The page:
To have your site de-indexed means to have it either be temporary or permanently taken out from search engine rankings – In other words, no matter what search term a person uses, a de-indexed site will never appear on SERPs.
Search engines like Google are constantly sending out bots called web crawlers, whose sole function is to navigate content and record what they find. This information is then organized and stored on the search engine’s “index.”
Search engines don’t fetch results from the internet in real time. Their algorithms match users’ queries to these extensive indexes and select from them the results to be shown.
A de-indexed site receives no such web crawlers and does not appear on a search engine’s index, so it can’t appear in search results.
De-indexing can be imposed as a penalty by search engines due to wrongful practices, or voluntarily by a site webmaster.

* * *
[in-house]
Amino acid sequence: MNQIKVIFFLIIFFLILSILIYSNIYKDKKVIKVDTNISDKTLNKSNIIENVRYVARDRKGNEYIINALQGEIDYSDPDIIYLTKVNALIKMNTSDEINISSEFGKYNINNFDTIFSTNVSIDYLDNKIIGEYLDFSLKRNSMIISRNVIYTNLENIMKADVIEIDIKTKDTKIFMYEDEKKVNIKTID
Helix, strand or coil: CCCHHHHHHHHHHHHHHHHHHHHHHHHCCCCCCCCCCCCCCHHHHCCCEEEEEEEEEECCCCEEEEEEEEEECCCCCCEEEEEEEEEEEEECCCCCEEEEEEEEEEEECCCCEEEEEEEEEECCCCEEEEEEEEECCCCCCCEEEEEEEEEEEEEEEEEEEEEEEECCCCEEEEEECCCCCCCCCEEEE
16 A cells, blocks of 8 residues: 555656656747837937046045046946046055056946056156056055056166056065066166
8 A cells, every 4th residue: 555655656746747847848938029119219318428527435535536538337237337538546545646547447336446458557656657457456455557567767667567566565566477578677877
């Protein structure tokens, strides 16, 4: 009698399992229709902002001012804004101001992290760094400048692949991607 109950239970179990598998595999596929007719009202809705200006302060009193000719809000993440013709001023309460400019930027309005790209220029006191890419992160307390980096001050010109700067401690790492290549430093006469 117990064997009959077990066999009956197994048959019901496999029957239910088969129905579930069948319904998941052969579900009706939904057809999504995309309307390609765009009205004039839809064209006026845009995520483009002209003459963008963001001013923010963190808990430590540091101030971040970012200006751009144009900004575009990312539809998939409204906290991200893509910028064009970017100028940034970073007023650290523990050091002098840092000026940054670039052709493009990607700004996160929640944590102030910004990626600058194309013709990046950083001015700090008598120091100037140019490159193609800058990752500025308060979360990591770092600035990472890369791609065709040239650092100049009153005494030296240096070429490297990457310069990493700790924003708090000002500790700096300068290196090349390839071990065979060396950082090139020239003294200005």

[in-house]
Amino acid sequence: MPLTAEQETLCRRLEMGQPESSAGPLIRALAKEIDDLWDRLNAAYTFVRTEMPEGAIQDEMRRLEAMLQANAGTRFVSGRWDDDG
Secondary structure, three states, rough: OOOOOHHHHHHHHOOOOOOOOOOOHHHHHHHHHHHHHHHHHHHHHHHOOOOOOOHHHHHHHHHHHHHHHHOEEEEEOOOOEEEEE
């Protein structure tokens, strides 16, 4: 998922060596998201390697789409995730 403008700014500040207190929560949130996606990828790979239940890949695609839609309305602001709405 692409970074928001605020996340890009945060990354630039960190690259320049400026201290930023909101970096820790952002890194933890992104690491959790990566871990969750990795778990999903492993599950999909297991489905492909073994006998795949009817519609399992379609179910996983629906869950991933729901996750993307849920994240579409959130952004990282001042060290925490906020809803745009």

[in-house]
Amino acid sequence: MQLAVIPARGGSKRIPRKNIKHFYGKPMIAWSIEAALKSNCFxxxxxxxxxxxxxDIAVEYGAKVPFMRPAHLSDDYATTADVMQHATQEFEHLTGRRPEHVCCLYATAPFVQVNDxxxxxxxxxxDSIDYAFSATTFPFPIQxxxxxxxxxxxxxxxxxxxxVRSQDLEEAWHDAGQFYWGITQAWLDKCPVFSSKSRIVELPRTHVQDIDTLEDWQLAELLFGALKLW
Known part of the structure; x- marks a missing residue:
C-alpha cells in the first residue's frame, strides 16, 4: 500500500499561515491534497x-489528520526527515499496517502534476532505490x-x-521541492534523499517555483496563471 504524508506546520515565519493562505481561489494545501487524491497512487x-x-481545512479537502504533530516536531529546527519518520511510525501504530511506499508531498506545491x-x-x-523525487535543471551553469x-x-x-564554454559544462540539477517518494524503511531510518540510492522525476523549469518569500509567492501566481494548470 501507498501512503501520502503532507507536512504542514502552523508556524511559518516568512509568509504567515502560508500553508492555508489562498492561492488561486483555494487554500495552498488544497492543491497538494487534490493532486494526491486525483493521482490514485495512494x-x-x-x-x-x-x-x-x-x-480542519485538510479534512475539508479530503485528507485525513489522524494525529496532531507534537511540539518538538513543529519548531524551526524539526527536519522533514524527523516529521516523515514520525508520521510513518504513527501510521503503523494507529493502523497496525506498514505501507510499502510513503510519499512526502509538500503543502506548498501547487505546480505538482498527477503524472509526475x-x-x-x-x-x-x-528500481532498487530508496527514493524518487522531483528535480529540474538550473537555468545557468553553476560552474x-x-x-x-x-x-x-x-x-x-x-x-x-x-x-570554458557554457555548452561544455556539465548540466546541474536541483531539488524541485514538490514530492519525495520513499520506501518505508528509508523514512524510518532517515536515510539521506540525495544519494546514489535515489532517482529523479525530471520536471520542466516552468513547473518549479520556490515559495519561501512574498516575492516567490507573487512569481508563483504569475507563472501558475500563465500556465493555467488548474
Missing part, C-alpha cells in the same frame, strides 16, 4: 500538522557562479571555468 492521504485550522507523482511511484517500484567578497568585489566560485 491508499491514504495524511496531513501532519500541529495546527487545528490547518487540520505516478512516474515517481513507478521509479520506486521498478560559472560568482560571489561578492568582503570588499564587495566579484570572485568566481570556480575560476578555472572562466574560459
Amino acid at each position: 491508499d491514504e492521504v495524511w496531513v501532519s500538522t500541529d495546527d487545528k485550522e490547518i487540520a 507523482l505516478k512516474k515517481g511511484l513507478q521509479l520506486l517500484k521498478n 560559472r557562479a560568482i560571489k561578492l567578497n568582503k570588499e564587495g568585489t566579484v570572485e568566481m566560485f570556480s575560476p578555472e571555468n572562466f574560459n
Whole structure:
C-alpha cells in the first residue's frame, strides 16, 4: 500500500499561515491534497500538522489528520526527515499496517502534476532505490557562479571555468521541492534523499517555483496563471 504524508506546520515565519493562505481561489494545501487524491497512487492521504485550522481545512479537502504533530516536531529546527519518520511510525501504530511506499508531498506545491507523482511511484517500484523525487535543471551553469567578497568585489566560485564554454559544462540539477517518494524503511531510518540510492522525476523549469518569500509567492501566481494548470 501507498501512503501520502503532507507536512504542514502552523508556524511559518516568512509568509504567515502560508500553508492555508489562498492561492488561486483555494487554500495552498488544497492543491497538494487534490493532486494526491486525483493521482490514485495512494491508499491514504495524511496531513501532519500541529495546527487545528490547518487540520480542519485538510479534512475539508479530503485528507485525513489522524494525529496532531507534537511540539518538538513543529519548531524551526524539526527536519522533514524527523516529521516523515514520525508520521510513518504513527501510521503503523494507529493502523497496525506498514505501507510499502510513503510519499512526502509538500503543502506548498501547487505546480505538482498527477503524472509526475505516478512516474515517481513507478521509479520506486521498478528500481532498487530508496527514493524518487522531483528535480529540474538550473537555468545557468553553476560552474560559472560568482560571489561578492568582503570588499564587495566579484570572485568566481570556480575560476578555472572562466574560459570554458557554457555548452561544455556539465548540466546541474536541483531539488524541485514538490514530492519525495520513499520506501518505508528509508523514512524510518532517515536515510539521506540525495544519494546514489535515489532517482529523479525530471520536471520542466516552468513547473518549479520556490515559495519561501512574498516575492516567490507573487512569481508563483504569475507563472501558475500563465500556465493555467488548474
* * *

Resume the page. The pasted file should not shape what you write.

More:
Why would someone de-index their own site?
While seemingly counter-intuitive, there are several possible reasons for someone to want to prevent their site from being crawled or indexed.
• Duplicate content: Search engines typically penalize websites that contain duplicate content. De-indexing the duplicates is an alternative to avoid being flagged for it.
• Outdated content: Content that is no longer current, but that you wish to keep for any reason (reference, plans to update, etc.) should probably be de-indexed. Sites might want to prevent people from landing on terribly outdated pages and having the wrong impression from their content.
• Gated Content: Pages that contain data that should only be accessible after providing some information or payment are best kept de-indexed most of the time.
• Pages with little or no content: Confirmation pages in e-commerce platforms are a perfect example of this instance. If you have pages that are there just to provide a step on a process that adds little else, it’s probably best to de-indexed it.